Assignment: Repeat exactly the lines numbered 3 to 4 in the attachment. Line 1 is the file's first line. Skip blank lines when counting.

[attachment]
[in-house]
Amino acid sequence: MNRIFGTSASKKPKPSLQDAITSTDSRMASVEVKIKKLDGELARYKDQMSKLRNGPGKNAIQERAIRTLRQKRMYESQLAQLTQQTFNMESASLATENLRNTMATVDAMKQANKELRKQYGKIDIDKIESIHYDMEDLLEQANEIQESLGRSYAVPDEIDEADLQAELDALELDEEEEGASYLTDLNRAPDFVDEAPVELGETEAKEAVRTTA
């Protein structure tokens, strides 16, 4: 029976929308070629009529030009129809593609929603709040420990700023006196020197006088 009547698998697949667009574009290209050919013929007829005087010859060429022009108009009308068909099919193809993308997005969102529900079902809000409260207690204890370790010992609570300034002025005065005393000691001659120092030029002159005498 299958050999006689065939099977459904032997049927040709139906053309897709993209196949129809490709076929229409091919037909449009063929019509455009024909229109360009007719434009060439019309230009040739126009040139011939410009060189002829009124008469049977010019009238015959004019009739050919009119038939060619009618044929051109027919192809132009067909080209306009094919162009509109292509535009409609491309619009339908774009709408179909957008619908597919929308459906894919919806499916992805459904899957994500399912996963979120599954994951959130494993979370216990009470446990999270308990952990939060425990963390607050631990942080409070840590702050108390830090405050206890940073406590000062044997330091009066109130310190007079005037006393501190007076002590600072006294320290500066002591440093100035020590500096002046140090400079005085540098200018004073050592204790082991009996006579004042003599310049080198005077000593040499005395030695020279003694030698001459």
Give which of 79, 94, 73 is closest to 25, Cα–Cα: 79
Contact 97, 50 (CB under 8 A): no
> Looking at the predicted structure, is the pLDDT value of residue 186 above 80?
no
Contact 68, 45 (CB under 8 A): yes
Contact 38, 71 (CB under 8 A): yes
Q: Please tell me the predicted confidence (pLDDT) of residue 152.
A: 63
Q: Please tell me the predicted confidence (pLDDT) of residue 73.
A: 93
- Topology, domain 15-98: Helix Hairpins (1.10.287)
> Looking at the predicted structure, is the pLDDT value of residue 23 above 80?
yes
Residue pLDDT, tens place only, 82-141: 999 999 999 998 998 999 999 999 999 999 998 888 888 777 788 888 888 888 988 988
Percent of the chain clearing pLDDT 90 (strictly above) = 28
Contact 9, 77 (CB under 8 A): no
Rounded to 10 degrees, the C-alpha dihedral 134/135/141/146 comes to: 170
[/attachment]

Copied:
């Protein structure tokens, strides 16, 4: 029976929308070629009529030009129809593609929603709040420990700023006196020197006088 009547698998697949667009574009290209050919013929007829005087010859060429022009108009009308068909099919193809993308997005969102529900079902809000409260207690204890370790010992609570300034002025005065005393000691001659120092030029002159005498 299958050999006689065939099977459904032997049927040709139906053309897709993209196949129809490709076929229409091919037909449009063929019509455009024909229109360009007719434009060439019309230009040739126009040139011939410009060189002829009124008469049977010019009238015959004019009739050919009119038939060619009618044929051109027919192809132009067909080209306009094919162009509109292509535009409609491309619009339908774009709408179909957008619908597919929308459906894919919806499916992805459904899957994500399912996963979120599954994951959130494993979370216990009470446990999270308990952990939060425990963390607050631990942080409070840590702050108390830090405050206890940073406590000062044997330091009066109130310190007079005037006393501190007076002590600072006294320290500066002591440093100035020590500096002046140090400079005085540098200018004073050592204790082991009996006579004042003599310049080198005077000593040499005395030695020279003694030698001459």
Give which of 79, 94, 73 is closest to 25, Cα–Cα: 79